The federal government is about to enact guidelines for protecting endangered species, adding to its regulations for applying pesticides. If you are shocked to find out those rules don’t already exist, so was I.

Pamela Bryer said in a lecture at the Maine Agricultural Trades Show earlier this month that the new regulations have come about because the U.S. Environmental Protection Agency was sued for failing to consider endangered species in its pesticide regulations. There have been 20 lawsuits over the past 25 years.

Bryer is now an agricultural toxicologist working for the state of Vermont, but when she agreed to do the talk, she worked for the Maine Board of Pesticide Control, and she presented her lecture to fulfill the commitment.

The regulations being enacted involve about 17,000 registered products containing various mixes of 1,000 active ingredients. Specific regulations will be created for each registered product. The regulations will take effect in about 18 months.

Bryer’s lecture was intended for professional landscapers, who must be licensed by the state before they can apply any pesticide. A pesticide is anything that will kill plants, insects or other animals.

I think the regulations are a good idea, as far as they go. The problem is that the pesticides are available at garden centers, hardware and big-box stores all over the country.


The homeowners who buy them are unlikely to read the instructions, which Bryer noted can run on for as much as 53 pages, before they apply the chemicals on whatever they are trying to kill. The labels also include websites for additional information. For licensed professionals, the online information is considered part of the label.

As far as pesticides go, the label is law, Bryer said several times. Any website that the label refers to for additional information is also the law – which means the pesticide applicator, or at least the applicator’s supervisor, will need access to a computer.

Listening to Bryer made me think of movements in various municipalities, Portland, South Portland and Cape Elizabeth among them, to ban the use of pesticides. I oppose such bans, because for vegetable farmers, especially, but landscapers as well, pesticides are sometimes necessary. And they do little damage if used properly. My idea would be to ban anyone who is unlicensed – including homeowners – from buying and applying pesticides. But I can’t see that becoming law.

Back to the endangered species.

Bryer said that at the federal level, the law protects endangered animals better than it does endangered plants. Furbish’s lousewort used to be among the endangered plants listed. (A ruling last year said the plant has recovered enough to be taken off the list.) Several decades ago, the flower was one of the factors that scuttled the Dickey-Lincoln Dam project in northern Aroostook County. After much publicity about the Furbish’s lousewort growing exclusively in the site selected for the dam, the project was killed in in 1981.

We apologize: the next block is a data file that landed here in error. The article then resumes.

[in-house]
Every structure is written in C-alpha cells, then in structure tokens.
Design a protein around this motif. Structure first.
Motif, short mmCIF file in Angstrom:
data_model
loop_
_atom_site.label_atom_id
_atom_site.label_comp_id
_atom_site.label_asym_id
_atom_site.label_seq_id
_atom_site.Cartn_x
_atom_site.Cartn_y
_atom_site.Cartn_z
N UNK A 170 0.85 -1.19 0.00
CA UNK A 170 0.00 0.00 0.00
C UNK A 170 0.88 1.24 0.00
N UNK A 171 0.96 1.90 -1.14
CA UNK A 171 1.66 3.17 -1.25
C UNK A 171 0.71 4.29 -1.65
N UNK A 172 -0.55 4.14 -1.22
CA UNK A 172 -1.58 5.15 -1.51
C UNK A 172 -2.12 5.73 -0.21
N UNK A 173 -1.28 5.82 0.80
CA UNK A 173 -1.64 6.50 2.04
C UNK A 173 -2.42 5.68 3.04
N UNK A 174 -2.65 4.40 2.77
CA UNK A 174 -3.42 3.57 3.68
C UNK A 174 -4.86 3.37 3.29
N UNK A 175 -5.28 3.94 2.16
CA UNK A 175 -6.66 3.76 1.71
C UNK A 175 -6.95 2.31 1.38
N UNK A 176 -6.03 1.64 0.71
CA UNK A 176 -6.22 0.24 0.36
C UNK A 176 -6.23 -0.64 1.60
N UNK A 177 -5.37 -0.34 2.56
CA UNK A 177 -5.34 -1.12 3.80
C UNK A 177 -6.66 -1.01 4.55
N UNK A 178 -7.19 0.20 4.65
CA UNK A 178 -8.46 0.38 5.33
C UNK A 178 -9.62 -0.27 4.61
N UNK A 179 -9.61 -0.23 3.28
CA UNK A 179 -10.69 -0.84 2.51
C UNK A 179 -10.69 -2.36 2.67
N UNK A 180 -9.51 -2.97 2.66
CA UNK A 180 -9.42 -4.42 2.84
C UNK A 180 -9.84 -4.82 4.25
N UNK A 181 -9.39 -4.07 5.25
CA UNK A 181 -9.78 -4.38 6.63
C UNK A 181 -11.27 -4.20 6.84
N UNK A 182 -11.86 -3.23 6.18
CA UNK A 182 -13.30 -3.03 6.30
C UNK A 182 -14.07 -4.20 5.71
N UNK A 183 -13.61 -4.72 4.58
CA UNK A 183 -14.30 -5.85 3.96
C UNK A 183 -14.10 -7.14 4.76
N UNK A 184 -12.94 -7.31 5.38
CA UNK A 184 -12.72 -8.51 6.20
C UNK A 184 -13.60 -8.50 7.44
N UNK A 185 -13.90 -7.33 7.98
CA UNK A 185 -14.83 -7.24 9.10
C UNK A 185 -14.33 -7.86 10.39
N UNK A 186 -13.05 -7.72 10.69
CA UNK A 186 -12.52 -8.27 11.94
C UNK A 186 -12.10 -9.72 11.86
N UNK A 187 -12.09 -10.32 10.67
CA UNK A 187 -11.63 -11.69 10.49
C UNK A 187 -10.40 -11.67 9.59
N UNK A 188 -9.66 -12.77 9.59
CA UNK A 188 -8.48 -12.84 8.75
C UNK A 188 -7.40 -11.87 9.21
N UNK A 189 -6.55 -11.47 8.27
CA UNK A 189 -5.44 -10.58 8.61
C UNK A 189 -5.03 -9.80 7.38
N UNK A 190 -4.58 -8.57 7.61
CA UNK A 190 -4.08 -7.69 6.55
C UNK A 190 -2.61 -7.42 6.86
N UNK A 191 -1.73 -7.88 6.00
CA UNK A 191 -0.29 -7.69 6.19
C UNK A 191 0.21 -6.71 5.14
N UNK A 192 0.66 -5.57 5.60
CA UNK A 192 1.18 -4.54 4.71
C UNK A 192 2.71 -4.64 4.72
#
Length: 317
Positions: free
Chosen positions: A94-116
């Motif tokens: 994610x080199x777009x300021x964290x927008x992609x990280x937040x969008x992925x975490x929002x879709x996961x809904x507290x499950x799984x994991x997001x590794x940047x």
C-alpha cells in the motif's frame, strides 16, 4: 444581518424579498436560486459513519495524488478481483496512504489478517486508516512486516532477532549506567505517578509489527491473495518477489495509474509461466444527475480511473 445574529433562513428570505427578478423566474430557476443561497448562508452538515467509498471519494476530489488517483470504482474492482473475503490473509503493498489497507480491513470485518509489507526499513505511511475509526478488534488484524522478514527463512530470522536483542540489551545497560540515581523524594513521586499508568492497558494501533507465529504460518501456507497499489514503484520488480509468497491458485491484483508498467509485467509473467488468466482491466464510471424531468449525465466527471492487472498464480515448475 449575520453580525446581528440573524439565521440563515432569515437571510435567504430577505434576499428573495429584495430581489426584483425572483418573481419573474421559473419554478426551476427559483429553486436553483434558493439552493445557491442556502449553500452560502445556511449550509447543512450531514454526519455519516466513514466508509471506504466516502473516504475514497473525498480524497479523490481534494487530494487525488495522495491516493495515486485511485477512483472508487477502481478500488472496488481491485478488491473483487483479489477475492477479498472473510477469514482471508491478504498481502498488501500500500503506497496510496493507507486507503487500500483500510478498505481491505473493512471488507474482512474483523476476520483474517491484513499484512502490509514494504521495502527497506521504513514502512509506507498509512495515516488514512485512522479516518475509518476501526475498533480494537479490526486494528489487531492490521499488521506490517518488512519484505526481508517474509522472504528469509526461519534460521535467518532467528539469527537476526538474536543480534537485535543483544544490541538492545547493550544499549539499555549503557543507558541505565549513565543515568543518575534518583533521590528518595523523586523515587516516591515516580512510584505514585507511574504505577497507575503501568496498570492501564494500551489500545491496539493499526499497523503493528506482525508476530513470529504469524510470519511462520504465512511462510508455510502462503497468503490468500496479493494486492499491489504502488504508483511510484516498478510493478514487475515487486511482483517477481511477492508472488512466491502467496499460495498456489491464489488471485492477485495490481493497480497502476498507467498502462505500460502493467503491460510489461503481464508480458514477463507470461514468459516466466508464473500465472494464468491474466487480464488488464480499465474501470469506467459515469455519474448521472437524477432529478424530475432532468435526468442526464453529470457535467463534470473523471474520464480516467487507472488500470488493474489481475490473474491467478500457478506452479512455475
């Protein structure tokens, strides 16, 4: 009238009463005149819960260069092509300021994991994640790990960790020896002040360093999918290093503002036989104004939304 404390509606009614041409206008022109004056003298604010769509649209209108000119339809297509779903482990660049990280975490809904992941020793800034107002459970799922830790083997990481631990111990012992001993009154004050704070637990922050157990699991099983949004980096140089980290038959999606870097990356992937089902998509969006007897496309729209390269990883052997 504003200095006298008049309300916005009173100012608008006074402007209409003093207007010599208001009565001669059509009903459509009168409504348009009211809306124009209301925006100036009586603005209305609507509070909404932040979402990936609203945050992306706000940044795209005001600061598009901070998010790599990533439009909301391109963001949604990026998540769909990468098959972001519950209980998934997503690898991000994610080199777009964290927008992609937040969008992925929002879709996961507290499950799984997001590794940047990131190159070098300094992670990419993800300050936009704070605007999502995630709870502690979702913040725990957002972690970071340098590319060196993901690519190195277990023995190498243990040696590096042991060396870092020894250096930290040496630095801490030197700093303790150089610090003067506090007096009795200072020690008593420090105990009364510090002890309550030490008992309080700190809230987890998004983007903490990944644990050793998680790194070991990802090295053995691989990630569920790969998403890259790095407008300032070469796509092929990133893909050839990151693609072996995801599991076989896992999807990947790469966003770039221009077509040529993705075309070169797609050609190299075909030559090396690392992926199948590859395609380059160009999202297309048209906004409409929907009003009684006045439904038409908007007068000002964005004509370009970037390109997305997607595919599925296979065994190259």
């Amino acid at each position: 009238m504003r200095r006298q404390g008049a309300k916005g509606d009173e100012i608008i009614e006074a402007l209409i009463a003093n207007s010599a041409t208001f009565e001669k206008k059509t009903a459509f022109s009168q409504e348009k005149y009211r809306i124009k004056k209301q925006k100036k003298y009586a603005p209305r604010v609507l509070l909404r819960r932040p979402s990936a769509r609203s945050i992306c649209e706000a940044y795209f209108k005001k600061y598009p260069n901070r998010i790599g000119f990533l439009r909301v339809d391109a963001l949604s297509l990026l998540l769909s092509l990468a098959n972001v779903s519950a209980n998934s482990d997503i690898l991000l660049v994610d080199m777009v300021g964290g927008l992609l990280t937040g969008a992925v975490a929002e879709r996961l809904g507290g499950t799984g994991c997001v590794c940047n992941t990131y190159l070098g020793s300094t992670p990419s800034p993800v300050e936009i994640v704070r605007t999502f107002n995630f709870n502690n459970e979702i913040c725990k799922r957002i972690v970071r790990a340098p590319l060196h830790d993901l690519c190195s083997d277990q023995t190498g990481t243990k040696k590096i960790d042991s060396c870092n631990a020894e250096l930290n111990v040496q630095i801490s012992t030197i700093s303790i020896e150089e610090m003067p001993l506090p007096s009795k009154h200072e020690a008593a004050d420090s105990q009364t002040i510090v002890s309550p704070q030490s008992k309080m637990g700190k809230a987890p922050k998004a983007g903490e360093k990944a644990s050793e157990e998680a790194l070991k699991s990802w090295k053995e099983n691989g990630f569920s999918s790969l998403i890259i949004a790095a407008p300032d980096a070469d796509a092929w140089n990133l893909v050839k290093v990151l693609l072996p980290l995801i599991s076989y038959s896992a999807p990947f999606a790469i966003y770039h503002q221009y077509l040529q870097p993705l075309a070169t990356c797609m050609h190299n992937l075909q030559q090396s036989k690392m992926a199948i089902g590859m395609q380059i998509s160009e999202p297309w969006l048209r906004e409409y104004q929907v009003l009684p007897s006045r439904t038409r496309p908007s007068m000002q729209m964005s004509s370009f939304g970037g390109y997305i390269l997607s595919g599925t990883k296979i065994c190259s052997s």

Other endangered species in Maine are the Atlantic salmon and, possibly, the rusty-patch bumblebee; the bees may have already vanished from the state, according to Bryer.


For each endangered species, the act will include a Public Use Limitation Area, called a PULA. That area encompasses locations where the species has been found, and a buffer area where it’s possible that the species can be found. The proposed Endangered Species Act regulations will require that any professional applying a pesticide must go the the EPA website to see if a PULA exists where the chemicals are to be sprayed. If it does, the professional must adhere to certain requirements for that area, such as creating buffers to ensure the chemicals don’t leak into waterways.

I know that most of my readers are not professional gardeners, so these regulations will not apply to you. Maybe that sounds good to you because you think a pesticide would be a handy way to rid yourself of a pest in your garden.

My purpose in describing the complexities and dangers of the law is to make you carefully question if you should be buying and spreading such poisons in your yards at all. Whether you spread the pesticides yourself or you pay someone else to do it, either way, the poison is in your yard, hurting all kinds of creatures you did not intend to hurt.

Most gardening problems can be solved with less collateral damage.

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